Amazon Web Services

Configuring DNS in AWS

Robert Johnson
July 31, 2020 by
Robert Johnson


The Domain Name System (DNS) is necessary for routing traffic across the internet. It accomplishes this task by converting easily remembered domain names ( into the IP addresses required for the underlying network. DNS was designed as a distributed system to allow for fault tolerance and stability.

This article will cover the basics of DNS in AWS and a few of its advantages, as well as briefly touching on some of the more advanced features that are offered by Amazon. Finally, we will discuss how AWS secures network traffic once it reaches your Virtual Private Cloud (VPC) and how it is monitored.

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What is Route 53?

Route 53 is Amazon Web Service’s (AWS) DNS service. It was named this because the common port for DNS is port 53. Amazon designed Route 53 to be highly reliable and scalable as well as cost-effective.

Route 53 allows users to create public and private zones. Public-hosted zones determine how internet traffic is routed. A private-hosted zone, on the other hand, shows how traffic is routed within your Amazon VPC (within your private AWS environment).

All common DNS entries can be created within Route 53 (A, CNAME, MX, TXT, etc.). Additionally, it can be used as the authoritative name server, including the Start of Authority entry (SOA), or you can point your on-premise or third-party DNS using name server entries (NS).

Advantages of Route 53

Route 53 offers plenty of advantages over using a standard domain registrar’s DNS. These advantages only grow greater when used with other AWS services such as CloudFront, Application Load Balancers and S3.

When creating a standard DNS entry, there are generally two options for routing your URL: an IP address or an alias (another URL). Most DNS services require your root DNS entry to be a record, which must be pointed to an IP address.

Subdomains (such as may be pointed to a CNAME, which may be an IP address or an alias. Route 53 does not have this limitation and allows root DNS entries to be pointed at an alias record. This allows you to take advantage of services such as content distribution networks or web application firewalls with your root domain.

Route 53 is also automatically linked to your other AWS services allowing you to easily create DNS entries linking to your S3 storage buckets, EC2 instances or CloudFront.

Finally, Route 53 offers several advanced DNS features not offered in many other DNS services.

These advanced features include allowing for health checks to determine if your resources are healthy and available, advanced traffic flow policies such as geoproximity routing to ensure that your users are connecting to the closest available resource and failover routing, ensuring that your web application remains fault tolerant and highly available.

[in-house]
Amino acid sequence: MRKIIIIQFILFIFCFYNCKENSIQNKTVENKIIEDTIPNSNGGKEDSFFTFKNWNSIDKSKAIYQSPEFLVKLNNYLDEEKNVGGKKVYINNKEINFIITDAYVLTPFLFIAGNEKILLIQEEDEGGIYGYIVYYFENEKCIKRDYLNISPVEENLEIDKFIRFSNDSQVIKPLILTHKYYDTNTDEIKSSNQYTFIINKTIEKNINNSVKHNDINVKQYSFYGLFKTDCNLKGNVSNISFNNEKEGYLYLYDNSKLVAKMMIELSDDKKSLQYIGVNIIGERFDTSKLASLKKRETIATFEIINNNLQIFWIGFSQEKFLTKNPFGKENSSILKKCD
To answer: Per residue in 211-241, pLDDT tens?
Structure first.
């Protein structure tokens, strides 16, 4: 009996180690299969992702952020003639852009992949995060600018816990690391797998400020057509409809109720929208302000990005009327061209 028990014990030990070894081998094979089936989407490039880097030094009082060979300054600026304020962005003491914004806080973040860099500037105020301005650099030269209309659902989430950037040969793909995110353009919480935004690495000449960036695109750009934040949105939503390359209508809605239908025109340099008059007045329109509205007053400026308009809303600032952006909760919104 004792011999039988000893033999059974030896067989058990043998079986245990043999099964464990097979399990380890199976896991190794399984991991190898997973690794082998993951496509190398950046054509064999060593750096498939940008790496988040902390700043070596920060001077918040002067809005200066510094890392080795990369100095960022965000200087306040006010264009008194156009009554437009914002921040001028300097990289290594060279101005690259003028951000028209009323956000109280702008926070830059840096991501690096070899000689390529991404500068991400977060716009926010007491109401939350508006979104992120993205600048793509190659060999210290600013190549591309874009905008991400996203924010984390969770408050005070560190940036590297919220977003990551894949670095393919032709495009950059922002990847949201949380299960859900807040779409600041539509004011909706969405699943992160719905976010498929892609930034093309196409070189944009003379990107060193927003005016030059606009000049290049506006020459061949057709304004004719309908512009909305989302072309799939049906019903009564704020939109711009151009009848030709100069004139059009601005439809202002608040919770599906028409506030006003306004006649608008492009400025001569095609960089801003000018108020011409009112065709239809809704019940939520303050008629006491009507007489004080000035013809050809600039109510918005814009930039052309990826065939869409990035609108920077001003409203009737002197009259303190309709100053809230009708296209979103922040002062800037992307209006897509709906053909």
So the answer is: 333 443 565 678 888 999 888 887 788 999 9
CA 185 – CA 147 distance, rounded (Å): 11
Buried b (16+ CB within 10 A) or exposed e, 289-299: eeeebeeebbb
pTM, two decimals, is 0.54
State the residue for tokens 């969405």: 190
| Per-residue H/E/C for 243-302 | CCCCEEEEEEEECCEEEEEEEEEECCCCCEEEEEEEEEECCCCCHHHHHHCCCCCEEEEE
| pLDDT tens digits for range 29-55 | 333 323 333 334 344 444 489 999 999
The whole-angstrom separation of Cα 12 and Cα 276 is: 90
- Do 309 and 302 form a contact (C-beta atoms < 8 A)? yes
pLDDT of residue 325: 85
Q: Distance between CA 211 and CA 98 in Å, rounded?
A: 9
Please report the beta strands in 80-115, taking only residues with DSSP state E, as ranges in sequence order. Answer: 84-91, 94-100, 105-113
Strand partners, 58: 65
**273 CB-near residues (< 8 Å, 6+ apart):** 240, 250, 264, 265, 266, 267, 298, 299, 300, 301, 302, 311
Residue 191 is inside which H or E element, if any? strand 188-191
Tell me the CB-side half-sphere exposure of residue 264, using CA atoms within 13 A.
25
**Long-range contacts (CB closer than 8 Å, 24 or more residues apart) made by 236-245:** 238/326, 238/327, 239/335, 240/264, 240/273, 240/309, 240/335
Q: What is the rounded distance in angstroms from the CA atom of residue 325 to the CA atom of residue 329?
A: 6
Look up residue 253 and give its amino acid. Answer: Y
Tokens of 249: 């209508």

Configuring ACLs and NACLs

Once traffic has reached your VPC, Amazon has several methods of ensuring that users can only access what they should. One such method is through an Access Control List (ACL) or Network Access Control List (NACL); the names are synonymous within AWS. An ACL allows you to allow or deny traffic from within or outside of your VPC. This is accomplished through rules allowing or blocking specific protocols, ports or IP ranges.

When you initially set up a new VPC, a default ACL is created allowing all inbound and outbound traffic to the VPC. If you wish, you may create a custom ACL for each subnet within your VPC; however, doing so will replace the default ACL created by AWS, as each subnet may only have a single ACL associated with it. Furthermore, a custom ACL will deny all inbound and outbound traffic to the subnet unless explicit rules are added to allow the traffic.

A final reminder, ACLs are stateless. What this means in practice is even though an inbound rule may allow specific traffic into your subnet, two-way communication will be denied unless a corresponding outbound rule is created allowing traffic out.

Flow logs

In order to monitor IP traffic into and out of your VPC, Amazon allows for configuration of VPC flow logs. Flow logs may be published to CloudWatch, allowing for triggering of alerts, or S3 for storage or usage by other applications.

Flow logs collect quite a bit of information on the traffic entering and leaving your VPC. Some of the default information collected are the source IP address, the destination IP address, source and destination port, protocol and the network interface the traffic occurred over.

This information can be extremely useful when attempting to diagnose issues with network ACLs or security groups as well as monitoring the traffic reaching your instances for unusual activity.


Amazon offers many powerful tools for directing and controlling IP traffic within and outside of your VPC. The speed and simplicity of Route 53 for controlling your DNS becomes more powerful when paired with other AWS services, allowing for granular control and monitoring of traffic to and from your web application or site. All of this together makes AWS very compelling for hosting your DNS.

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  1. Amazon Route 53, AWS
  2. What is Amazon Route 53?, AWS
  3. Creating Amazon Route 53 health checks and configuring DNS failover, AWS
  4. Network ACLs, AWS
  5. VPC Flow Logs, AWS
Robert Johnson
Robert Johnson